The second option tells ARKit how many instances of images you want to track in a scene. Note: this can be the same candidate image seen multiple times or different images. It’s there to control how much performance you want to give to tracking, since tracking unlimited number of instances could be too much for your framerate targets.


Environment Texturing

One improvement that has the potential to really make AR objects within a scene seem more realistic is lighting that matches the environment as well as objects reflecting the scene. The environment texturing feature generates a cubemap of the environment based upon the camera data it accumulates as you move around with in your AR space.

There are two ways to generate this data. The first is to set the Environment Capture Probe Type to Manual. When you do this, you must tell ARKit where you want an environment probe to be located and the bounding box that you want it to include. After that, an AREnvironmentCaptureProbe is created for you, which will hold the cubemap that is generated. As the camera data is applied to a subsequent updates, the capture probe will update its cubemap data. The second way to is to Environment Capture Probe Type to Automatic. In this mode, ARKit will automatically create probes within the scene and update their textures. In my testing, I found that it creates many probes (and overlapping) which has two problems: The process of updating those cubemaps is pretty expensive and can generate hitches; and, secondly, you have to manually decide how to render objects with multiple probes around it. Because of those two problems, I recommend that you stick to a Manual probe that covers the potential play area for your game.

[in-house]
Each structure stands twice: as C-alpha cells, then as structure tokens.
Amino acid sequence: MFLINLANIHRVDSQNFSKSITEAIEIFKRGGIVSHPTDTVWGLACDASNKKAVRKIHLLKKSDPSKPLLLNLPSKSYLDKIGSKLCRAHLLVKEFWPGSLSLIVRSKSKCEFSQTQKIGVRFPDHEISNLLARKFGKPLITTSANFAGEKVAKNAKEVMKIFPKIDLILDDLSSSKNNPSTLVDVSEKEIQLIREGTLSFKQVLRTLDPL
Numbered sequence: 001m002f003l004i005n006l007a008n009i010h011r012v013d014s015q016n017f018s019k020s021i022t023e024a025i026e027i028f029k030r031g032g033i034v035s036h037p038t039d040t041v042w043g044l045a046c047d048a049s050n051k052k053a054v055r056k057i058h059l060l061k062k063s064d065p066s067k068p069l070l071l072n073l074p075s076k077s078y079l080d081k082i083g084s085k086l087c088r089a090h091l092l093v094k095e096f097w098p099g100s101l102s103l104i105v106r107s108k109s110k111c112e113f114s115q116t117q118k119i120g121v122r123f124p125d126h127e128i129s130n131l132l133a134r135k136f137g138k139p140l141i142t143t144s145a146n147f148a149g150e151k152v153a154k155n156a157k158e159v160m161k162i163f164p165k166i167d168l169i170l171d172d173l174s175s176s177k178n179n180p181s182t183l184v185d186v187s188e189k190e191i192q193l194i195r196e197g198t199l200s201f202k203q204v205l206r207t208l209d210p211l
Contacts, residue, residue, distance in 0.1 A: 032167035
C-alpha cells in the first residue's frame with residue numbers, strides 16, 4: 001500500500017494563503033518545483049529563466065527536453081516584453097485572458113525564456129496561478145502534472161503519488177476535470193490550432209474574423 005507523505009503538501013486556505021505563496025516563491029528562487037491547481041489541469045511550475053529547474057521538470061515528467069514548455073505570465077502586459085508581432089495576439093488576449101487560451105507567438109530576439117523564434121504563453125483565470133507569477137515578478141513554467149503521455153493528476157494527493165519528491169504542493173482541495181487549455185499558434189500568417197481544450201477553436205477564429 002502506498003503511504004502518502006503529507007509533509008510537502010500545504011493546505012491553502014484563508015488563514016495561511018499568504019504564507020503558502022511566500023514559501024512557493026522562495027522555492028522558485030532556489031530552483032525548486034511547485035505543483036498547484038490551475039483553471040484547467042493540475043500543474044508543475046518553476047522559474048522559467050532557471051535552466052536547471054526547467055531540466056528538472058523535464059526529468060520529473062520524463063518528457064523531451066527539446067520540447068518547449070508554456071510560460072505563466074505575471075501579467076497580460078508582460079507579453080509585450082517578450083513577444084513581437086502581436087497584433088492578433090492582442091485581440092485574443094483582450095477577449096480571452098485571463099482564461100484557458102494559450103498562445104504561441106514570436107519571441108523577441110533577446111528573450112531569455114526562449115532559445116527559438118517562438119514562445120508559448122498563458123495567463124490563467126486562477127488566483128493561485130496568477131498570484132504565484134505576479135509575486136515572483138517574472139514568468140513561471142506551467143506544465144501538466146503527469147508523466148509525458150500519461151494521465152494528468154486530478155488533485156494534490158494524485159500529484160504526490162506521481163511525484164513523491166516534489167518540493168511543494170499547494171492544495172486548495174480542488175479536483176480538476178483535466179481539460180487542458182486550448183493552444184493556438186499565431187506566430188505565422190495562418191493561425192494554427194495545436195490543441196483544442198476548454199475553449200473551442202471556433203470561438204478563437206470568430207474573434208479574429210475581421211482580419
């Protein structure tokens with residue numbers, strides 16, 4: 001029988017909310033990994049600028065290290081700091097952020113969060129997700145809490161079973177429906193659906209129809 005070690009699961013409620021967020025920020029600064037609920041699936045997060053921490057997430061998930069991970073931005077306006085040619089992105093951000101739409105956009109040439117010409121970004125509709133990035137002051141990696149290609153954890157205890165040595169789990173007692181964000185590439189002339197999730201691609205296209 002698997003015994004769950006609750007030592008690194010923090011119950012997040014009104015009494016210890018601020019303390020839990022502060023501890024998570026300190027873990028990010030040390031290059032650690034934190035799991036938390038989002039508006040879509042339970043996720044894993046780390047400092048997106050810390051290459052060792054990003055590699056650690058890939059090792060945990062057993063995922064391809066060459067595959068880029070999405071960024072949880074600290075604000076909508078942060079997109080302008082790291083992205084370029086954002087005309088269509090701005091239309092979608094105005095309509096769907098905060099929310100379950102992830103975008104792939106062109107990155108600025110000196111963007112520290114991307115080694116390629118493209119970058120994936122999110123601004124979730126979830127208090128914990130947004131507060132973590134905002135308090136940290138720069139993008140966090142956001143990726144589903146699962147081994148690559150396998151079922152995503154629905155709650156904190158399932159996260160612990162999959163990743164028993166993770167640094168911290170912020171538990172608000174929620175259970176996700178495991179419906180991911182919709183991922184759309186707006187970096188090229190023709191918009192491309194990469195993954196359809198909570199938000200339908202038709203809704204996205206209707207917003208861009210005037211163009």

UE4 already supports image based lighting and reflections via the SkyLight actor you place in a level. If you set that SkyLight actor to be image based, you can then use the cubemap from the AREnvironmentCaptureProbe to be the image it lights and reflects (see below).

Using the texture from a AREnvironmentCaptureProbe as a SkyLight source texture

SkyLights can also blend between two different cubemaps, which some developers use as the basis of a time of day system. You can use that feature to blend between two capture probes, so that moving objects don’t pop when moving between those probe areas. One drawback to using a SkyLight for image based lighting is that it doesn’t expect the cubemap to be changing underneath, so it doesn’t automatically know to regenerate its internal data. I am hoping to add a ARSkyLight that knows when the capture probe was updated and triggers a regeneration of the underlying SkyLight data. Longer term, I want to double buffer the cubemap textures, so that updates can be blended between rather than the pop that happens when the texture is wholesale replaced.


World Map Persistence